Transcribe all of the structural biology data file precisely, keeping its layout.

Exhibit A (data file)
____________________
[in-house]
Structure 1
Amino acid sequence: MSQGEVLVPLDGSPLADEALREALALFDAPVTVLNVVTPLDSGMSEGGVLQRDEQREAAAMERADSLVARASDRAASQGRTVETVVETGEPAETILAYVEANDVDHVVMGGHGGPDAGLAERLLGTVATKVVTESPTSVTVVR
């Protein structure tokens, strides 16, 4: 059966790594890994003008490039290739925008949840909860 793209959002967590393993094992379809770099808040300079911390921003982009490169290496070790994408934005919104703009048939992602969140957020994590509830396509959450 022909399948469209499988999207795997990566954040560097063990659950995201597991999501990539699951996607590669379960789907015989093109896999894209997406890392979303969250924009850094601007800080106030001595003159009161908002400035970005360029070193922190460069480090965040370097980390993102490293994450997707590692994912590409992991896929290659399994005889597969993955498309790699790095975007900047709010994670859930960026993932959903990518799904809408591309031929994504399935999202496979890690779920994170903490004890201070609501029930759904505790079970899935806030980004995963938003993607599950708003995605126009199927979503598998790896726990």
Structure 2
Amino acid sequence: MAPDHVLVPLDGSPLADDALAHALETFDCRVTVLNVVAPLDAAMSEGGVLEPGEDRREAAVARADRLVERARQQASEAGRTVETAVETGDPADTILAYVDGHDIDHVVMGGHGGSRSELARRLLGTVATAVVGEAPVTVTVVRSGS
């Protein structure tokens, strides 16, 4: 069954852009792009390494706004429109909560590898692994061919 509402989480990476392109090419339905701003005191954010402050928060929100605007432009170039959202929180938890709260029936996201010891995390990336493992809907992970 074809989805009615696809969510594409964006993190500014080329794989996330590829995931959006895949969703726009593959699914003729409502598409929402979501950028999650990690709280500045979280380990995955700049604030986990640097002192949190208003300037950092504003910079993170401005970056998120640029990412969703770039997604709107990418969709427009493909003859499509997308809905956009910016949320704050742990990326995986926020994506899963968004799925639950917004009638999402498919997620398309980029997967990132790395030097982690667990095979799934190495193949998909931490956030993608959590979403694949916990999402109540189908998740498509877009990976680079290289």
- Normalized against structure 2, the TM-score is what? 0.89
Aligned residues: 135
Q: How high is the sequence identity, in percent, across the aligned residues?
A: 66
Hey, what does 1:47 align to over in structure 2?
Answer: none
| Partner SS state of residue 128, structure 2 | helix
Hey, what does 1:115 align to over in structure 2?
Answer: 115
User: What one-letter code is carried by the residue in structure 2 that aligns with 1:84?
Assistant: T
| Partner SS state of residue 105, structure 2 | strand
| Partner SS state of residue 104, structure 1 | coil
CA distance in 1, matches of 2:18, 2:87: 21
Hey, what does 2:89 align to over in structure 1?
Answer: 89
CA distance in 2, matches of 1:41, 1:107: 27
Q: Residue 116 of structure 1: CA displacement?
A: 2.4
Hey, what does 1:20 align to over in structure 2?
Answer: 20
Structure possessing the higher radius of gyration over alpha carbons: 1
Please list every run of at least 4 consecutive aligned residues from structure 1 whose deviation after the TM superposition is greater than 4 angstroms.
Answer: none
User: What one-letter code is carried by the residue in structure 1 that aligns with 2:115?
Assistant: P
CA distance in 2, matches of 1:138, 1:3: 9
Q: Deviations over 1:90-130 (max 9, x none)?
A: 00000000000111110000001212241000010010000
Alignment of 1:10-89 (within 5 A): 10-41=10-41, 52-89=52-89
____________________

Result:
[in-house]
Structure 1
Amino acid sequence: MSQGEVLVPLDGSPLADEALREALALFDAPVTVLNVVTPLDSGMSEGGVLQRDEQREAAAMERADSLVARASDRAASQGRTVETVVETGEPAETILAYVEANDVDHVVMGGHGGPDAGLAERLLGTVATKVVTESPTSVTVVR
């Protein structure tokens, strides 16, 4: 059966790594890994003008490039290739925008949840909860 793209959002967590393993094992379809770099808040300079911390921003982009490169290496070790994408934005919104703009048939992602969140957020994590509830396509959450 022909399948469209499988999207795997990566954040560097063990659950995201597991999501990539699951996607590669379960789907015989093109896999894209997406890392979303969250924009850094601007800080106030001595003159009161908002400035970005360029070193922190460069480090965040370097980390993102490293994450997707590692994912590409992991896929290659399994005889597969993955498309790699790095975007900047709010994670859930960026993932959903990518799904809408591309031929994504399935999202496979890690779920994170903490004890201070609501029930759904505790079970899935806030980004995963938003993607599950708003995605126009199927979503598998790896726990």
Structure 2
Amino acid sequence: MAPDHVLVPLDGSPLADDALAHALETFDCRVTVLNVVAPLDAAMSEGGVLEPGEDRREAAVARADRLVERARQQASEAGRTVETAVETGDPADTILAYVDGHDIDHVVMGGHGGSRSELARRLLGTVATAVVGEAPVTVTVVRSGS
């Protein structure tokens, strides 16, 4: 069954852009792009390494706004429109909560590898692994061919 509402989480990476392109090419339905701003005191954010402050928060929100605007432009170039959202929180938890709260029936996201010891995390990336493992809907992970 074809989805009615696809969510594409964006993190500014080329794989996330590829995931959006895949969703726009593959699914003729409502598409929402979501950028999650990690709280500045979280380990995955700049604030986990640097002192949190208003300037950092504003910079993170401005970056998120640029990412969703770039997604709107990418969709427009493909003859499509997308809905956009910016949320704050742990990326995986926020994506899963968004799925639950917004009638999402498919997620398309980029997967990132790395030097982690667990095979799934190495193949998909931490956030993608959590979403694949916990999402109540189908998740498509877009990976680079290289």
- Normalized against structure 2, the TM-score is what? 0.89
Aligned residues: 135
Q: How high is the sequence identity, in percent, across the aligned residues?
A: 66
Hey, what does 1:47 align to over in structure 2?
Answer: none
| Partner SS state of residue 128, structure 2 | helix
Hey, what does 1:115 align to over in structure 2?
Answer: 115
User: What one-letter code is carried by the residue in structure 2 that aligns with 1:84?
Assistant: T
| Partner SS state of residue 105, structure 2 | strand
| Partner SS state of residue 104, structure 1 | coil
CA distance in 1, matches of 2:18, 2:87: 21
Hey, what does 2:89 align to over in structure 1?
Answer: 89
CA distance in 2, matches of 1:41, 1:107: 27
Q: Residue 116 of structure 1: CA displacement?
A: 2.4
Hey, what does 1:20 align to over in structure 2?
Answer: 20
Structure possessing the higher radius of gyration over alpha carbons: 1
Please list every run of at least 4 consecutive aligned residues from structure 1 whose deviation after the TM superposition is greater than 4 angstroms.
Answer: none
User: What one-letter code is carried by the residue in structure 1 that aligns with 2:115?
Assistant: P
CA distance in 2, matches of 1:138, 1:3: 9
Q: Deviations over 1:90-130 (max 9, x none)?
A: 00000000000111110000001212241000010010000
Alignment of 1:10-89 (within 5 A): 10-41=10-41, 52-89=52-89